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Soret-modified hydrocarbon mass transport across compressed nonisothermal gases

Authors

  • Daniel E. Rosner,

    Corresponding author
    1. High Temperature Chemical Reaction Engineering Laboratory and Yale Center for Combustion Studies, Dept. of Chemical Engineering, Yale University, New Haven, CT 06520
    • High Temperature Chemical Reaction Engineering Laboratory and Yale Center for Combustion Studies, Dept. of Chemical Engineering, Yale University, New Haven, CT 06520
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  • Manuel Arias-Zugasti

    1. High Temperature Chemical Reaction Engineering Laboratory and Yale Center for Combustion Studies, Dept. of Chemical Engineering, Yale University, New Haven, CT 06520
    2. Dept. de Física Matemática y Fluidos, Facultad de Ciencias UNED, Apdo: 60141, 28080 Madrid, Spain
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Abstract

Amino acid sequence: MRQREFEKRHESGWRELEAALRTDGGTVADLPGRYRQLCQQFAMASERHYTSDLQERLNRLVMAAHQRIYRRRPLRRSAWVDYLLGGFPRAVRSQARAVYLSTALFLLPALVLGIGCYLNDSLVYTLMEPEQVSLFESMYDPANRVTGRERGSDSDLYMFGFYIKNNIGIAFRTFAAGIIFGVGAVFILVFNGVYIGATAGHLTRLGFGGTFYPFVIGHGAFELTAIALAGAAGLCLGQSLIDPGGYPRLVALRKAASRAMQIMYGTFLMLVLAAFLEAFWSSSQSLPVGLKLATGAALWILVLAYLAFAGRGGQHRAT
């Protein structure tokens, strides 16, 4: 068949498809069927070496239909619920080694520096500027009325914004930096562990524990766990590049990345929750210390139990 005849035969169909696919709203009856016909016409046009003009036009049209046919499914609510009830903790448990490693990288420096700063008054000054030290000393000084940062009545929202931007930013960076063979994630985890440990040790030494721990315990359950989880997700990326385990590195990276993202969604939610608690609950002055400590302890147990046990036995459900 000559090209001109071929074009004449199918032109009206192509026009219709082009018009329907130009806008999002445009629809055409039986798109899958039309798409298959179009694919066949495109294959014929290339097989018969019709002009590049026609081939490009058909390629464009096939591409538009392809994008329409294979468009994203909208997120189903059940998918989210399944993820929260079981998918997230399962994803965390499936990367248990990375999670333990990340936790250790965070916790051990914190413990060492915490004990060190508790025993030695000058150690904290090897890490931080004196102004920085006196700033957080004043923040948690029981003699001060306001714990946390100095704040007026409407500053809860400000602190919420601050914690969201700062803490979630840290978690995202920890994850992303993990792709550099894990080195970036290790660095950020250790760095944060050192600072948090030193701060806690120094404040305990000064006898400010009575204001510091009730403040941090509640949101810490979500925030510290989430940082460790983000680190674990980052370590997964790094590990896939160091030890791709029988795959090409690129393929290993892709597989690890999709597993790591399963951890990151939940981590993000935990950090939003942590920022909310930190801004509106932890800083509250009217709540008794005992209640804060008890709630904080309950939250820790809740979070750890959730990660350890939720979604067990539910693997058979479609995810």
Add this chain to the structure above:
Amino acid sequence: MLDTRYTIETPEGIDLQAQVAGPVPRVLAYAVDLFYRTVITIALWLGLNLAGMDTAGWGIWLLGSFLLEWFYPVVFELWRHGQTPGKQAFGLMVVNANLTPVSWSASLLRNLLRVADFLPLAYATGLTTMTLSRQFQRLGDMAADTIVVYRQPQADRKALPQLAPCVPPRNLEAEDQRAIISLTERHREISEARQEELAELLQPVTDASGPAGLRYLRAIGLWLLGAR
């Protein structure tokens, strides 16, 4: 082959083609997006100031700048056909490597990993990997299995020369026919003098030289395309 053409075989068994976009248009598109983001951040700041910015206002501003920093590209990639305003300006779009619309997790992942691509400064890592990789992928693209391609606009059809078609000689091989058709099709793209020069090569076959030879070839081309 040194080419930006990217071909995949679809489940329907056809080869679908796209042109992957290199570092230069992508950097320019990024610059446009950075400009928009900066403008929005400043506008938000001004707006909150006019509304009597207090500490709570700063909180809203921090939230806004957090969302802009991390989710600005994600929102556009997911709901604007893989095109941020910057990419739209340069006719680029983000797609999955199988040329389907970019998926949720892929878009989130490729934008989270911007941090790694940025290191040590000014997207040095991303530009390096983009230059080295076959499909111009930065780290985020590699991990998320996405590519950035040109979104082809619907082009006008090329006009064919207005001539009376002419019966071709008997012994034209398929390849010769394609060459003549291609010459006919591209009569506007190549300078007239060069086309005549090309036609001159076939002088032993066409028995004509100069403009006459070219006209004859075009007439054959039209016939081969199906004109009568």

While engineering methods employed to predict mass transport rates across carrier fluids are often limited to either ideal gas mixtures or constant density liquids, we deal here with species mass transport across nonisothermal compressed gas “films”, with special reference to hydrocarbon fuel vapor transport across nonisothermal N2 or H2O boundary layers at pressures up to ca. 300 atm, and at temperatures often above 1000 K. We show that because of the pressure sensitivity of the Soret factor (which quantifies the relative importance of mass transfer due to temperature gradients compared to that due to concentration gradients) mass transfer coefficients become far more sensitive to pressure level than would have been anticipated from the pressure sensitivity of ρDmath image. Motivated, in part, by combustion applications, we first examine the expected pressure dependence of the binary Soret factor, αT,12 for each of the n-alkanes (CH4 to C20H42) dilute in compressed N2 or H2O, exploiting a rational formulation for “correcting” Chapman-Enskog-derived Soret factors (αmath image) to higher pressures based on the Thermodynamics of Irreversible Processes (TIP) combined with a Virial Equation of State (VES). Our TIP-VES-predicted Soret factors are used to demonstrate the pressure sensitivity of expected “Soret-modified” mass transfer coefficients (Sherwood numbers) for the illustrative case of C12H26(g) transport across N2(g) at temperature ratios between 0.3 (“cold”-wall) and 2.0 (“hot”-wall) at pressures up to 300 atm. Because of the growing importance of compact, high-pressure systems in fields beside combustion, including supercritical fluid extraction and even distillation, our present results suggest that reliable mass transfer rate predictions in nonisothermal dense vapor systems of engineering importance will generally require systematic inclusion of non-Fickian molecular mass transport. © 2007 American Institute of Chemical Engineers AIChE J, 2007

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